PS. More musings on this topic here

  2. Steve Liddell

    Totally agree Bobbie. As a brit who has spent many years in the US, what I see here in the UK is a moribund economy and a bunch of Oxford PPE grads attempting to emulate Palo Alto with a new Silicon-something moniker. The UK, Belfast, Berlin, Israel, Paris all have brilliant engineers – we need to support their efforts and make them wealthy.
    I have not met Joanna, but wish her well. Deal momentum is what will help most of all, not another talking shop with panels and press releases. Get the right investors exposed to the great ideas and perhaps the government to backstop some venture loans. Extend the EIS program to LPs, introduce employment-at-will. Actions (and VC investments) will speak far louder than words.

  3. Saul Klein

    Bobbie – completely agree you the thesis that you cant compete by trying to be another SV – but disagree about outcome. Am much more positive about Europe (and Israel etc) finding a really unique and compelling role in the future. Not just by focussing on the way forward but harnessing what’s really powerful in our history as well. Time we had a drink sir :)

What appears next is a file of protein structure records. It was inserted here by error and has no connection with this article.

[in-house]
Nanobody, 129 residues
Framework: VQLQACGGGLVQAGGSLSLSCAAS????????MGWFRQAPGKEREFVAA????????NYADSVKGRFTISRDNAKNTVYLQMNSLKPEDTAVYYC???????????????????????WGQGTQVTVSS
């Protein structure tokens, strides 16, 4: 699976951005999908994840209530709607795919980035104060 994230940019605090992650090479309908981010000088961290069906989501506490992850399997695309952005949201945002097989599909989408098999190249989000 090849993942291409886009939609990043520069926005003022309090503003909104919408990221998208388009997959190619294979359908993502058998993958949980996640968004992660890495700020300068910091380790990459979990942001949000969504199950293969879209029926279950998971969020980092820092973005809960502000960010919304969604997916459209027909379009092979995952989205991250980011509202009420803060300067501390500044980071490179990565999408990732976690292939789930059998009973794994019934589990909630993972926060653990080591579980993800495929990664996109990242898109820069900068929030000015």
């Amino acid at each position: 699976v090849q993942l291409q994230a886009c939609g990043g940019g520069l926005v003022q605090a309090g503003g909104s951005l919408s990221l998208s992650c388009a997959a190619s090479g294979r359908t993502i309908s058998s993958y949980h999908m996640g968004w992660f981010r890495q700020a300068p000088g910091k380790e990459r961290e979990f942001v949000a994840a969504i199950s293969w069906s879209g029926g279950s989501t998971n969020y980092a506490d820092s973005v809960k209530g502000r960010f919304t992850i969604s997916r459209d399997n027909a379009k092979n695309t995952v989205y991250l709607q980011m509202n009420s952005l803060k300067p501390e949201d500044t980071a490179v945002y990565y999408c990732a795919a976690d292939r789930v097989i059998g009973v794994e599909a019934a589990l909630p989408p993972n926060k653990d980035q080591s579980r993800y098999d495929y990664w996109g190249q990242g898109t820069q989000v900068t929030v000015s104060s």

4. Paul Martin

    Sometime back I was told, as we looked from the plane flying into SF to work in Palo Alto, don’t stray east of Highway 101 – “a bit like Belfast”. Typically Google ignored such advice and put the plex a few blocks south. When I was in north China no one mentioned silicon valley and now I am in Scotland no one talks about it either and when I did a student complained that it was irrelevant. Lately in the Energy Capital of Europe we have spent money on Hydrogen (a govt initiative), solar (allegedly Aberdeen is an ideal place) and Donald Trump willing wind turbines; I did not vote for any of these.

    What I am trying to say is that my experience is that no entrepreneur in the north west part of Europe feels that doing a Facebook is the way forward.

  5. I think in the next Silicon Valley there must be a: Just do it! Kind of culture. Follow your own path and Ideas. There’s a lot of room left for new Big World Changing Ideas. Sustainable Innovation will be big: just because we have to do it to save the world for next generations. And don’t forget about the customer. Fair trade and design can stand together! Stijn Tebbes Founder Blabook http//